House Expected To Pass Stem Cell Bill
The House on Thursday is expected to pass by a "substantial margin" a bill (HR 3, S 5) -- called the Stem Cell Research Enhancement Act of 2007 -- that would expand federal funding for human embryonic stem cell research, the Washington Post reports (Weiss, Washington Post, 1/11).
Federal funding for embryonic stem cell research is allowed only for research using embryonic stem cell lines created on or before Aug. 9, 2001, under a policy announced by President Bush on that date.
Bush in July 2006 vetoed the Stem Cell Research Enhancement Act of 2005 (HR 810), which would have expanded stem cell lines that are eligible for federal funding and allowed funding for research using stem cells derived from embryos originally created for fertility treatments and willingly donated by patients.
The House and Senate versions of the Stem Cell Research Enhancement Act of 2007 are the same as the bill Bush vetoed. The Senate is expected to consider the legislation in a few weeks. Bush is all but certain to veto the measure again if it is passed by Congress (California Healthline, 1/10).
The White House on Wednesday as expected released a report that urged Congress to consider nonembryonic stem cell research funding, the New York Times reports. The report, titled "Advancing Stem Cell Science Without Destroying Human Life," highlighted the benefits of adult stem cell research and mentioned a study published in the Jan. 7 online edition of the journal Nature Biotechnology that found stem cells derived from human amniotic fluid appear to offer many of the same benefits of embryonic stem cells (Swarns, New York Times, 1/11).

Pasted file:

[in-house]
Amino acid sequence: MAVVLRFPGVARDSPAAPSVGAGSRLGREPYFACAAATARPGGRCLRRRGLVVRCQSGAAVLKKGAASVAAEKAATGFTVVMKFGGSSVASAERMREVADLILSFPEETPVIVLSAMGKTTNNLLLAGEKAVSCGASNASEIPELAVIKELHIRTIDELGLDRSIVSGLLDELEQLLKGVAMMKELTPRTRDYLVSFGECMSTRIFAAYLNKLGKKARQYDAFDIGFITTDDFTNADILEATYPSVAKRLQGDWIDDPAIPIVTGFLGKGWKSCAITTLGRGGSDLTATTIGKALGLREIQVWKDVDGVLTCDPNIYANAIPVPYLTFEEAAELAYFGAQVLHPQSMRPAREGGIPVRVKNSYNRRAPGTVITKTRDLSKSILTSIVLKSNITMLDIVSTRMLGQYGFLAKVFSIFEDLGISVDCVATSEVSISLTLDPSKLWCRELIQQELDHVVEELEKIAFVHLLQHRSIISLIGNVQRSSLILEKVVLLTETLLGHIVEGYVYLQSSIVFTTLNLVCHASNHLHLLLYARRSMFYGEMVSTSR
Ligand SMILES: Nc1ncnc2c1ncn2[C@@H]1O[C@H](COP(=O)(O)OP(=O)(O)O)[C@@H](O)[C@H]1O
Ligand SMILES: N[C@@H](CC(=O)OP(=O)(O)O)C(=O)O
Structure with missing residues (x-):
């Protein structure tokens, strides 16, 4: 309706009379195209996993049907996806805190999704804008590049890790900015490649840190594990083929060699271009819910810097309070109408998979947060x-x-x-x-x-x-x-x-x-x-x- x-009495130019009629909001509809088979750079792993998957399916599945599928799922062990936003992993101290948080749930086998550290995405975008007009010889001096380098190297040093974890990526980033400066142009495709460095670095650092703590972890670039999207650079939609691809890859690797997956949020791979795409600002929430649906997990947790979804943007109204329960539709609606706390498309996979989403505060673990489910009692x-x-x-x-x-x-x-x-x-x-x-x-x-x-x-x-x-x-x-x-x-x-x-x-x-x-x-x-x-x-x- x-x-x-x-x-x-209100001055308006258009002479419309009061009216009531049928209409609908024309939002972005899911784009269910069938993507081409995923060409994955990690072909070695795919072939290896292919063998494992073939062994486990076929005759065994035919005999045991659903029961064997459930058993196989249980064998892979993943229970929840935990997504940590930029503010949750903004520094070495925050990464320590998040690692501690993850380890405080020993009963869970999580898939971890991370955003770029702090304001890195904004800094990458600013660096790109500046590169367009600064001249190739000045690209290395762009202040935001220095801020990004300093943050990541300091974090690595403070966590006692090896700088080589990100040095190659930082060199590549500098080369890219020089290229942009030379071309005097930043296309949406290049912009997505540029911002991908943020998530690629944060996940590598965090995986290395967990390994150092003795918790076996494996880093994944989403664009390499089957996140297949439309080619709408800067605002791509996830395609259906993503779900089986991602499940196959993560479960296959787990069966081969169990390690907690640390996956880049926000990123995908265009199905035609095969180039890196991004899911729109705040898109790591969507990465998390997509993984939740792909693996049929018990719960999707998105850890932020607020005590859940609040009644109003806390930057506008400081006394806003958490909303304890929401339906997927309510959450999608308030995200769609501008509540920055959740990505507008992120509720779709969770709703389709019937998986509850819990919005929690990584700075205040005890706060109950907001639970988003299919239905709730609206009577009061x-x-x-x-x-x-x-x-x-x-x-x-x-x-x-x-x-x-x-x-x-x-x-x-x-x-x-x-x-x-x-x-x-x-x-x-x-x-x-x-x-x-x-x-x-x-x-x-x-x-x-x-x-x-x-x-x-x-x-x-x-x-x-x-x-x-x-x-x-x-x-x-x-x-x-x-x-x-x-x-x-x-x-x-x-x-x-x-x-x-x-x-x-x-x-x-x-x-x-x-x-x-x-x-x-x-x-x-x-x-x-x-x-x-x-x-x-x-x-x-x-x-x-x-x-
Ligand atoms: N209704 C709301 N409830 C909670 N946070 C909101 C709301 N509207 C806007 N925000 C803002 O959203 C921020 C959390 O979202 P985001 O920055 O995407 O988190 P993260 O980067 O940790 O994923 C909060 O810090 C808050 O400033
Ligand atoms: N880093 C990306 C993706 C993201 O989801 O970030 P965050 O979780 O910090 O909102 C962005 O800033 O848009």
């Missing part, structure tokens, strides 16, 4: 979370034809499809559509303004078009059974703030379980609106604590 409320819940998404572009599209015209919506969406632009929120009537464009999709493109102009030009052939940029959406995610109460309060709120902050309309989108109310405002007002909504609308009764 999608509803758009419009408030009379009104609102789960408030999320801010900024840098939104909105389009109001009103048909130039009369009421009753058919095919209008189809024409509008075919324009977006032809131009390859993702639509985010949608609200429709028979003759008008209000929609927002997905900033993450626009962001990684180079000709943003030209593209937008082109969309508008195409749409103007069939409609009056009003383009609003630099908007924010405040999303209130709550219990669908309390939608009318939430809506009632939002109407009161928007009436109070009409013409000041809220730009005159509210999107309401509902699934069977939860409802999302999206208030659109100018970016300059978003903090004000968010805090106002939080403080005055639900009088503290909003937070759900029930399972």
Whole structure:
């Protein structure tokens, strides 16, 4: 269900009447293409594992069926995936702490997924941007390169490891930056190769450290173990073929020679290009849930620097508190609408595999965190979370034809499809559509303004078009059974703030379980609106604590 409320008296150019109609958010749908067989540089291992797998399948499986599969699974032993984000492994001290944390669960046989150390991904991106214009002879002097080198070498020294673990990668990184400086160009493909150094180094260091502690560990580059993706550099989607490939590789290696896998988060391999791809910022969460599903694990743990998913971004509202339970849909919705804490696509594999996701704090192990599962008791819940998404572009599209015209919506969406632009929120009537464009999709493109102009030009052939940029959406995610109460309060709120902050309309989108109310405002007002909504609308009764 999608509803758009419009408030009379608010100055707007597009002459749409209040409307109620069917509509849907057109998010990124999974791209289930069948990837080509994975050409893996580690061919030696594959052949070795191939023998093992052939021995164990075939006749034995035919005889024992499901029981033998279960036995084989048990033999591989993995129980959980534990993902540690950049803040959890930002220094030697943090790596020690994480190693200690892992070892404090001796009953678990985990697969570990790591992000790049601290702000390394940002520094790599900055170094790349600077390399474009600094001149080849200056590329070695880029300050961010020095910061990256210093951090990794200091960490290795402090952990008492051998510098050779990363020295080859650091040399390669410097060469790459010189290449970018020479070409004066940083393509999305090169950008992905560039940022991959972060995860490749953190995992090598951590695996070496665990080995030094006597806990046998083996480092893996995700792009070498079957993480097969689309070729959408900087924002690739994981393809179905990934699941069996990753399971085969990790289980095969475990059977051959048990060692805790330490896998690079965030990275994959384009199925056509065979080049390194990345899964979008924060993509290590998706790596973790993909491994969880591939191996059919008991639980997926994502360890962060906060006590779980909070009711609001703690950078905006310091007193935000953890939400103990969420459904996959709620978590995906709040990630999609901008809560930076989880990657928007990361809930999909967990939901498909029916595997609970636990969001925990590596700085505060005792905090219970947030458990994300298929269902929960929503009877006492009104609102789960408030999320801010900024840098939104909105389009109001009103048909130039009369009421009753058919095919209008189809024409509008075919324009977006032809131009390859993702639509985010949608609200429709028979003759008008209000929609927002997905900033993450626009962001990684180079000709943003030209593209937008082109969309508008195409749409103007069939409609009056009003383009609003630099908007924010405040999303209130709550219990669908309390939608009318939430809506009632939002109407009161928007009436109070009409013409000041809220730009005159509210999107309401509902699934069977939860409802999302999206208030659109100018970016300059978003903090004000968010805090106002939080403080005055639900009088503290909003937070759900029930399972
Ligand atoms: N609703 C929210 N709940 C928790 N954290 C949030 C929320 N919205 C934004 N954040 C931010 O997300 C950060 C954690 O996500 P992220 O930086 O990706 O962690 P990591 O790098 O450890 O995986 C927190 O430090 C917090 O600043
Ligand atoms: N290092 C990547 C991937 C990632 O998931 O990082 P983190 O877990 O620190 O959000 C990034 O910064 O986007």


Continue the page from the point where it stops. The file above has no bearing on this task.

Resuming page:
"The stem cell debate is only the first in what will be an onrushing train of biotechnology challenges in our future," the report said, adding, "We must establish a constructive precedent here for taking the moral dimensions of these issues seriously."
It also stated that "[w]ithout an understanding that life begins at conception and that an embryo is a nascent human being, there will always be arguments that other uses, takeovers and makeovers of embryos are justified by potential scientific and medical benefits" (Fox, Reuters, 1/10).
White House spokesperson Tony Fratto said Bush administration officials were "reaching out" to House members to advocate the president's position. "A thoughtful review of the issue would lead most reasonable people to believe this is a line that we don't need to cross," Fratto said, adding, "This is a vote of conscience for a lot of members. We hope they take the time to review all aspects of it before casting their vote."
Rep. Diana DeGette (D-Colo.), co-sponsor of the Stem Cell Research Enhancement Act, said the White House "keep[s] trying to muddle the issue," adding that none of the types of stem cell research highlighted in its report is "a substitute for embryonic stem cell research" (New York Times, 1/11).
According to Rep. Michael Castle (R-Del.), co-sponsor of the bill, the Senate might add amendments to the measure, including adding funding for programs that donate discarded frozen embryos, requiring additional ethical management for stem cell research or increasing support for parallel studies of nonembryonic stem cells.
DeGette said Tuesday at a news conference that compromise language "is welcome" but added that Bush has rejected appeals for a compromise on the issue (Washington Post, 1/11).
APM's "MarketPlace" on Thursday interviewed Joanne Kurtzberg of Duke University Medical Center about federal human embryonic stem cell research funding (Babin, "MarketPlace," APM, 1/11).
The complete segment is available online in RealPlayer.